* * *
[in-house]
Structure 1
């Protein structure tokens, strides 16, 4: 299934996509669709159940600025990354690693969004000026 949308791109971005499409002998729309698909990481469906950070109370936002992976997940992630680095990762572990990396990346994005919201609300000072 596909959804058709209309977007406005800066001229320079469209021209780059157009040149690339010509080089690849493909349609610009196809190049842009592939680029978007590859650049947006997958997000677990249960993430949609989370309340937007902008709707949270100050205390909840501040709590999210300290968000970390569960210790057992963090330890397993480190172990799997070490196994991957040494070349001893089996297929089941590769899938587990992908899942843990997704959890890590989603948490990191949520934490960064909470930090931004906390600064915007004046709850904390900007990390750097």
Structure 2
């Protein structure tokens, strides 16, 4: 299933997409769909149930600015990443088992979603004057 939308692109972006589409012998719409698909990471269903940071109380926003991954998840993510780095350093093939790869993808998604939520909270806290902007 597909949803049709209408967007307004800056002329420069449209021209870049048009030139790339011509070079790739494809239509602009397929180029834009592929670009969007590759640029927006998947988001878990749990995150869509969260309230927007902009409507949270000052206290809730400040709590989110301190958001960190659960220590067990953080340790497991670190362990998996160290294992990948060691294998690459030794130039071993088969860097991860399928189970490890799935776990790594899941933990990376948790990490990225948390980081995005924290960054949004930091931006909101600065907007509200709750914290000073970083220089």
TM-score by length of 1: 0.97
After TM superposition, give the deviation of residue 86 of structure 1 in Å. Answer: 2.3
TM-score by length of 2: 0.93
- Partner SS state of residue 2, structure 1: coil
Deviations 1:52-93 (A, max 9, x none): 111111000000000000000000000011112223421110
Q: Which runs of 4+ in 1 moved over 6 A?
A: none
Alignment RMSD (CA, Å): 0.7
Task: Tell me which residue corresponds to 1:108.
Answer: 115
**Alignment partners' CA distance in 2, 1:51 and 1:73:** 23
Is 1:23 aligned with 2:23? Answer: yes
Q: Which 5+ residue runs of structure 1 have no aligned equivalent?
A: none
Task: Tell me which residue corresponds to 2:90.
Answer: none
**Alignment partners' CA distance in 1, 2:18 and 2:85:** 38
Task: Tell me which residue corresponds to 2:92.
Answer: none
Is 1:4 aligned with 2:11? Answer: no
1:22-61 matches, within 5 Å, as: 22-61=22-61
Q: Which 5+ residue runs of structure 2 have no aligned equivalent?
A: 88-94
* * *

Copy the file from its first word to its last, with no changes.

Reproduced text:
[in-house]
Structure 1
């Protein structure tokens, strides 16, 4: 299934996509669709159940600025990354690693969004000026 949308791109971005499409002998729309698909990481469906950070109370936002992976997940992630680095990762572990990396990346994005919201609300000072 596909959804058709209309977007406005800066001229320079469209021209780059157009040149690339010509080089690849493909349609610009196809190049842009592939680029978007590859650049947006997958997000677990249960993430949609989370309340937007902008709707949270100050205390909840501040709590999210300290968000970390569960210790057992963090330890397993480190172990799997070490196994991957040494070349001893089996297929089941590769899938587990992908899942843990997704959890890590989603948490990191949520934490960064909470930090931004906390600064915007004046709850904390900007990390750097």
Structure 2
């Protein structure tokens, strides 16, 4: 299933997409769909149930600015990443088992979603004057 939308692109972006589409012998719409698909990471269903940071109380926003991954998840993510780095350093093939790869993808998604939520909270806290902007 597909949803049709209408967007307004800056002329420069449209021209870049048009030139790339011509070079790739494809239509602009397929180029834009592929670009969007590759640029927006998947988001878990749990995150869509969260309230927007902009409507949270000052206290809730400040709590989110301190958001960190659960220590067990953080340790497991670190362990998996160290294992990948060691294998690459030794130039071993088969860097991860399928189970490890799935776990790594899941933990990376948790990490990225948390980081995005924290960054949004930091931006909101600065907007509200709750914290000073970083220089």
TM-score by length of 1: 0.97
After TM superposition, give the deviation of residue 86 of structure 1 in Å. Answer: 2.3
TM-score by length of 2: 0.93
- Partner SS state of residue 2, structure 1: coil
Deviations 1:52-93 (A, max 9, x none): 111111000000000000000000000011112223421110
Q: Which runs of 4+ in 1 moved over 6 A?
A: none
Alignment RMSD (CA, Å): 0.7
Task: Tell me which residue corresponds to 1:108.
Answer: 115
**Alignment partners' CA distance in 2, 1:51 and 1:73:** 23
Is 1:23 aligned with 2:23? Answer: yes
Q: Which 5+ residue runs of structure 1 have no aligned equivalent?
A: none
Task: Tell me which residue corresponds to 2:90.
Answer: none
**Alignment partners' CA distance in 1, 2:18 and 2:85:** 38
Task: Tell me which residue corresponds to 2:92.
Answer: none
Is 1:4 aligned with 2:11? Answer: no
1:22-61 matches, within 5 Å, as: 22-61=22-61
Q: Which 5+ residue runs of structure 2 have no aligned equivalent?
A: 88-94